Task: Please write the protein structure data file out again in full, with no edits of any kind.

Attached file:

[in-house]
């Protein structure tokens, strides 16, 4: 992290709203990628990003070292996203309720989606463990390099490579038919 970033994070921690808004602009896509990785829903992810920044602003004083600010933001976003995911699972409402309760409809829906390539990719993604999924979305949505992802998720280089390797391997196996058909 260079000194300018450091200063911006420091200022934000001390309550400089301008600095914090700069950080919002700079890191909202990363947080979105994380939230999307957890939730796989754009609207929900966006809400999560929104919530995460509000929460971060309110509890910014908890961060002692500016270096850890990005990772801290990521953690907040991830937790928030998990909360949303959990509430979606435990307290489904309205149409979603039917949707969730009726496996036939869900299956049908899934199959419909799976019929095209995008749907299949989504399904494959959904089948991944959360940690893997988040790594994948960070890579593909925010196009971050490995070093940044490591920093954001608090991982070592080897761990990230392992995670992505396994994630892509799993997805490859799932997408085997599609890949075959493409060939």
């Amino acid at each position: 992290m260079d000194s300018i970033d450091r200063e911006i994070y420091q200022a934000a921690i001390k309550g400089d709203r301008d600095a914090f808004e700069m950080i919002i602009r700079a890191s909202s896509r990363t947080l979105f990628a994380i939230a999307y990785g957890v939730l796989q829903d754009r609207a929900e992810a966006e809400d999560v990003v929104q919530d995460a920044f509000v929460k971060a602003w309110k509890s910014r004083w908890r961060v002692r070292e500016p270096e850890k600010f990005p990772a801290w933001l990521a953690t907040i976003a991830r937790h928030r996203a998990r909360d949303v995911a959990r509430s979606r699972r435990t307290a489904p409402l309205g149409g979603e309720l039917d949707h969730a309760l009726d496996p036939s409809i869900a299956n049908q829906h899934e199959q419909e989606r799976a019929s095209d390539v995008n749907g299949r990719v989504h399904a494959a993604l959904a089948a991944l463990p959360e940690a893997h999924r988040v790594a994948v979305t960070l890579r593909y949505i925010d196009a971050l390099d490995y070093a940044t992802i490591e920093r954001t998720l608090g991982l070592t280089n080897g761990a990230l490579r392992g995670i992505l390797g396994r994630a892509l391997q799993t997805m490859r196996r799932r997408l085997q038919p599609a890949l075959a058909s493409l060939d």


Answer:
[in-house]
């Protein structure tokens, strides 16, 4: 992290709203990628990003070292996203309720989606463990390099490579038919 970033994070921690808004602009896509990785829903992810920044602003004083600010933001976003995911699972409402309760409809829906390539990719993604999924979305949505992802998720280089390797391997196996058909 260079000194300018450091200063911006420091200022934000001390309550400089301008600095914090700069950080919002700079890191909202990363947080979105994380939230999307957890939730796989754009609207929900966006809400999560929104919530995460509000929460971060309110509890910014908890961060002692500016270096850890990005990772801290990521953690907040991830937790928030998990909360949303959990509430979606435990307290489904309205149409979603039917949707969730009726496996036939869900299956049908899934199959419909799976019929095209995008749907299949989504399904494959959904089948991944959360940690893997988040790594994948960070890579593909925010196009971050490995070093940044490591920093954001608090991982070592080897761990990230392992995670992505396994994630892509799993997805490859799932997408085997599609890949075959493409060939």
């Amino acid at each position: 992290m260079d000194s300018i970033d450091r200063e911006i994070y420091q200022a934000a921690i001390k309550g400089d709203r301008d600095a914090f808004e700069m950080i919002i602009r700079a890191s909202s896509r990363t947080l979105f990628a994380i939230a999307y990785g957890v939730l796989q829903d754009r609207a929900e992810a966006e809400d999560v990003v929104q919530d995460a920044f509000v929460k971060a602003w309110k509890s910014r004083w908890r961060v002692r070292e500016p270096e850890k600010f990005p990772a801290w933001l990521a953690t907040i976003a991830r937790h928030r996203a998990r909360d949303v995911a959990r509430s979606r699972r435990t307290a489904p409402l309205g149409g979603e309720l039917d949707h969730a309760l009726d496996p036939s409809i869900a299956n049908q829906h899934e199959q419909e989606r799976a019929s095209d390539v995008n749907g299949r990719v989504h399904a494959a993604l959904a089948a991944l463990p959360e940690a893997h999924r988040v790594a994948v979305t960070l890579r593909y949505i925010d196009a971050l390099d490995y070093a940044t992802i490591e920093r954001t998720l608090g991982l070592t280089n080897g761990a990230l490579r392992g995670i992505l390797g396994r994630a892509l391997q799993t997805m490859r196996r799932r997408l085997q038919p599609a890949l075959a058909s493409l060939d």